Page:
The involvement of men in maternal health care: cross-sectional, pilot case studies from Maligita and Kibibi, Uganda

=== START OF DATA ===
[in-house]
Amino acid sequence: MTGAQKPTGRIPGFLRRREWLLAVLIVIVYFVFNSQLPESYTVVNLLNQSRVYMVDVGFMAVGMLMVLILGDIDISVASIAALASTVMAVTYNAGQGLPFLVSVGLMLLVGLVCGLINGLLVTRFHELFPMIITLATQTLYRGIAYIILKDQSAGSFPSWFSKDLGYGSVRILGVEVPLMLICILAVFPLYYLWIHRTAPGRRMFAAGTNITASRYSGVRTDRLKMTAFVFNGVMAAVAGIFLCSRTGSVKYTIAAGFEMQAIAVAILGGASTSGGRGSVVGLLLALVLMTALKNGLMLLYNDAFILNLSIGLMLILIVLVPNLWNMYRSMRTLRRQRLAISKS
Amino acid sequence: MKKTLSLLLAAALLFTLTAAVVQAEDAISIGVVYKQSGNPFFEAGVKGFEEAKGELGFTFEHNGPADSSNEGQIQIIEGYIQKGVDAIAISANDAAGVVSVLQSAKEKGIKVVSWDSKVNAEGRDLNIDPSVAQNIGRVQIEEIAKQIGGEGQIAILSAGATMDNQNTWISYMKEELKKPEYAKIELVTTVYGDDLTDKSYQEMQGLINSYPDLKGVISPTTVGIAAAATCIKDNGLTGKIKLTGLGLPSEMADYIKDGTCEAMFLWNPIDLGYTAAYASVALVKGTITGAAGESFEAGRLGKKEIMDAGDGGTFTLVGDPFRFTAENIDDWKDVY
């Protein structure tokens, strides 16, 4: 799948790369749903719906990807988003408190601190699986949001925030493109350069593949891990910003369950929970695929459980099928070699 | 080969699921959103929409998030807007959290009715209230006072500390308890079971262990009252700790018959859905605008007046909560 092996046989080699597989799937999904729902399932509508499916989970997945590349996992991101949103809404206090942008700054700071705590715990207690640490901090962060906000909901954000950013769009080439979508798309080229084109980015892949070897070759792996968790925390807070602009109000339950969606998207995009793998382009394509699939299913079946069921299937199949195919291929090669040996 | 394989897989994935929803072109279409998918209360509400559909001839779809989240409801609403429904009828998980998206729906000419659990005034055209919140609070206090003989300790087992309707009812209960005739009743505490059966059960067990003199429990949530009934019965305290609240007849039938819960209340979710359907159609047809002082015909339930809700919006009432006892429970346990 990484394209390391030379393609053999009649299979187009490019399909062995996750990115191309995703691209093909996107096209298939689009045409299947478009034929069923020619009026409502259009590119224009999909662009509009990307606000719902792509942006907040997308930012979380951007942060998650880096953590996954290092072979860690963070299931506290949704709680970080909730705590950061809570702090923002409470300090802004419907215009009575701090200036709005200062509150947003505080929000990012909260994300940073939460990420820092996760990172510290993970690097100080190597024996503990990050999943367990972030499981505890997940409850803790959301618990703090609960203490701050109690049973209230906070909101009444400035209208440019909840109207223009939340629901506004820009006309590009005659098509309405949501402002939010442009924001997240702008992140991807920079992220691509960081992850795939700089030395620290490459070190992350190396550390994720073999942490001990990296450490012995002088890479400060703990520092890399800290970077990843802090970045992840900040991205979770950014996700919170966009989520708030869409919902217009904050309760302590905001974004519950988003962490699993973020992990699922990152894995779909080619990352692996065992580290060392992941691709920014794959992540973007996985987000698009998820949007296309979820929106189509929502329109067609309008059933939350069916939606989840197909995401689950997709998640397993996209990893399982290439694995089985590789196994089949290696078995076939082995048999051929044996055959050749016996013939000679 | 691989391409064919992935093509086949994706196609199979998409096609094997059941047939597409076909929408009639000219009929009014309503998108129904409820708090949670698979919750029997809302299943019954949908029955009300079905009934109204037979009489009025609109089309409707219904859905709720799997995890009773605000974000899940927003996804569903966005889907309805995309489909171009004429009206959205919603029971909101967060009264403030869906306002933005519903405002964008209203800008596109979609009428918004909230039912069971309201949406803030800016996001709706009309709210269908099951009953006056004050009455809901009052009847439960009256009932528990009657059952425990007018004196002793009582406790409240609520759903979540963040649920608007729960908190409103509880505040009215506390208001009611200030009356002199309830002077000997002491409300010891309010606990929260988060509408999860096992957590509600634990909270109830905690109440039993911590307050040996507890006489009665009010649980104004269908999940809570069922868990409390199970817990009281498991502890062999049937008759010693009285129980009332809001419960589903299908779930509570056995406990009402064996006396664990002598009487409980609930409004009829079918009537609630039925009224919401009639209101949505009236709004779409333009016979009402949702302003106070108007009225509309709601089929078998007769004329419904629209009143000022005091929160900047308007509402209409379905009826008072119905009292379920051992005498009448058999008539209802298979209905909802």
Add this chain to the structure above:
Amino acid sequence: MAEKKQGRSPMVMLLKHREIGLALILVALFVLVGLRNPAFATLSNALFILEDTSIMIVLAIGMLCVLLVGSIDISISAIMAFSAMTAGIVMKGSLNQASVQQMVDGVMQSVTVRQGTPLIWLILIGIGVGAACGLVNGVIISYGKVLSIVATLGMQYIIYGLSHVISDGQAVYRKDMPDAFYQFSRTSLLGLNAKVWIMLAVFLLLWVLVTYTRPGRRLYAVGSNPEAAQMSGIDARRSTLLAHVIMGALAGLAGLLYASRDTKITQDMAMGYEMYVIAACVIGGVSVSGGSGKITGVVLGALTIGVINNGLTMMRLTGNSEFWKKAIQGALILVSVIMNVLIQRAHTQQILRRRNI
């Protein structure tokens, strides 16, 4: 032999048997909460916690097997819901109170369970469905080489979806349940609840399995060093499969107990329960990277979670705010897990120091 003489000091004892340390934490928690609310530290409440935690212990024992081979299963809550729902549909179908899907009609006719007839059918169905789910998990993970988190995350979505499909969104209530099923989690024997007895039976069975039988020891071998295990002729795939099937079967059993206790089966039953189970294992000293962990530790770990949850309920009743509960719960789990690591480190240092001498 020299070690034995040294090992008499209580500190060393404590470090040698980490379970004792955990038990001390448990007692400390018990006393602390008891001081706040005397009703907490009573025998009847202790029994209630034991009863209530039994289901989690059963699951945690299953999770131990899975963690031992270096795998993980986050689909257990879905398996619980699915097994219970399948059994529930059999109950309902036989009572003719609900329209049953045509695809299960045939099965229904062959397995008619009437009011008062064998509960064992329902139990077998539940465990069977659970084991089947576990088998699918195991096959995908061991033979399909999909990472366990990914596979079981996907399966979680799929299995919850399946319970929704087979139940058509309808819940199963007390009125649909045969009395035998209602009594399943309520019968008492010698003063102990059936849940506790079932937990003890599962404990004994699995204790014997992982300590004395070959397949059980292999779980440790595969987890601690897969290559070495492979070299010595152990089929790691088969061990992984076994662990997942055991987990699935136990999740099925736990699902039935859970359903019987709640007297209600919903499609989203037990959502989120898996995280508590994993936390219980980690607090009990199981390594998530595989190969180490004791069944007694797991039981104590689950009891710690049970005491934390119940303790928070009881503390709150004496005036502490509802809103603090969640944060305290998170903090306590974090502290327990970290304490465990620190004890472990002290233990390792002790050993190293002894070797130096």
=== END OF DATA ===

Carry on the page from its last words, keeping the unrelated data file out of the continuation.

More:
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Background: The International Conference on Population Development held in Cairo in 1994 identified the importance of male involvement in reproductive health programs. Since then, there has been an increase in reproductive health initiatives that target both men and women in an attempt to fulfill the 5th MilleniumDevelopment Goal. Yet, while the benefits of male involvement have been acknowledged, there continues to be a challenge in creating a space for and engaging men in maternal health. This is problematic due to the role of men as the head of the household in many countries, especially developing countries, which suffer from higher rates of maternal mortality. Furthermore, men are important as partners, fathers and health care professionals and as such it is important to involve and engage with men in maternal health education, and antenatal care.Methods: The purpose of this study undertaken in two rural villages in southeastern Uganda, was twofold: firstly to understand men’s current participation in antenatal, pregnancy care and childbirth and secondly to gain insight into both men and women’s attitudes toward increased male involvement. Focus group discussions and semi-structured questionnaires were used to collect information from 35 men and women. The women were either pregnant or had been involved in a birth experience in the past 3 years and the men had wives who were pregnant or had given birth recently.Results: Men interviewed in the two villages believed that issues related to pregnancy and childbirth were the domain of women. Involvement tended to be confined (to removed) strictly to traditional gender roles, with men’s main responsibility being provision of funds. The women, on the other hand, were interested in receiving more support from their husband through planning, attendance to antenatal care and physical presence in the vicinity of where the birth was taking place.Conclusion: This cross-sectional study has highlighted the space for increased male involvement and participation in maternal health, proposed recommendations and the need for community health education directed at men that engages them in this important area.
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